Wisdom and Learning

October 2004

This past month, I had the chance to spend time in the company of some very remarkable women. The first opportunity came in the form of a “Wise Woman’s Retreat” that was held by The Woodhull Institute at their retreat house in mid-state New York. It was a weekend devoted to examining the topic of ethical leadership in our lives; the participants were women ranging in age from 40 to 84 years old. We had an artist, a CFO, an educator, a coach, and a political activist.

Socrates wrote “The only true wisdom is in knowing you know nothing.” I went to the retreat with an open mind and heart, as a learner. It was fascinating to hear these women’s stories of their lives, the personal and professional challenges they have faced, and their own paths toward ethical leadership. When I first arrived, I noticed how different we all were; by the end of the weekend, I was amazed to discover how much we shared in terms of our dreams, goals, and values. We were knit together by a desire to make this world a better place, and by the realization that whether we live in a tiny rural village, in Harlem, or in a suburban setting, we can all impact our communities in our own way by exercising ethical leadership. I am still reflecting on all I learned about myself, ethical leadership, and my new friends.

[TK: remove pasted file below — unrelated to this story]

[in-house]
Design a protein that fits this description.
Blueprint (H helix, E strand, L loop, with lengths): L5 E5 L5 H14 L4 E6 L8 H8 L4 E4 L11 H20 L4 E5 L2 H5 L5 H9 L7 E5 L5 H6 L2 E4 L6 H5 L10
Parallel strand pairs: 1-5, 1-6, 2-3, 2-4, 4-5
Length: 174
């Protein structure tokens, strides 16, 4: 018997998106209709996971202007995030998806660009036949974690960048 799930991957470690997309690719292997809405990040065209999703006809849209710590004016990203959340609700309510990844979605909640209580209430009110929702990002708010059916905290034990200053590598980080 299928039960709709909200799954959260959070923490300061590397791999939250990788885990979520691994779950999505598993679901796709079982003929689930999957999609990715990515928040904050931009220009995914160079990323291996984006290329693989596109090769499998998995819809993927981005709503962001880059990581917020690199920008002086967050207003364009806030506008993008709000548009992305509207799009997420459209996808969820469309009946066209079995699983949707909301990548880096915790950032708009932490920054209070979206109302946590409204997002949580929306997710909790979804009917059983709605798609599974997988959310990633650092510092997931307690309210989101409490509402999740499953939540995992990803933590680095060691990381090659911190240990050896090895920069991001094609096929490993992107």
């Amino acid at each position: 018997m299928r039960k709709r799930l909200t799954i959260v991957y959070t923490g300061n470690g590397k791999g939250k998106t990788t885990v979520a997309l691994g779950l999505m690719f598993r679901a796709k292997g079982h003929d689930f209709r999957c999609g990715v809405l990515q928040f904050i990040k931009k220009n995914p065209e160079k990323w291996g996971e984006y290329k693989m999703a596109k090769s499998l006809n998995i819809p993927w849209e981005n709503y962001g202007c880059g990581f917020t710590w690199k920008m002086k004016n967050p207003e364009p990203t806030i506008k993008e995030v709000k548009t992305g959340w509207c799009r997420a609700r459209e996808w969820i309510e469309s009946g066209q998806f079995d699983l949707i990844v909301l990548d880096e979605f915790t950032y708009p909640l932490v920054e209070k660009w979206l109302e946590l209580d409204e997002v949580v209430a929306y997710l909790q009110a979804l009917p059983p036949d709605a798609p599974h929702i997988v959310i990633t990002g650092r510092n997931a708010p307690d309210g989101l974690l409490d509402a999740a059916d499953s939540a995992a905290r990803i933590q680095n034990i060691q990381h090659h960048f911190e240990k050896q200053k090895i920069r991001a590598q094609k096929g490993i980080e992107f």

The second opportunity to learn from other women came when four of my dear college pals decided to have a mini-reunion in Washington, DC, to honor and remember a friend who recently died. What struck me about my friends of 30-plus years is how much I was able to learn from them, about how they have lived their lives, what they have given their time and talents to, and the choices they have made over the years. Their energy, humility, service to their community, and devotion to their families reminded me that leadership does begin with us. I was also reminded that we can learn from even those who seem to be very much like we are, as every person has their unique perspective on this world and brings distinct gifts and contributions.

Are you a learner? Who is in your work or your community that you can learn from? Would “knowing you know nothing” move you towards greater wisdom? If I can serve you in exploring any of these questions, please ask.

Sharon Keys Seal

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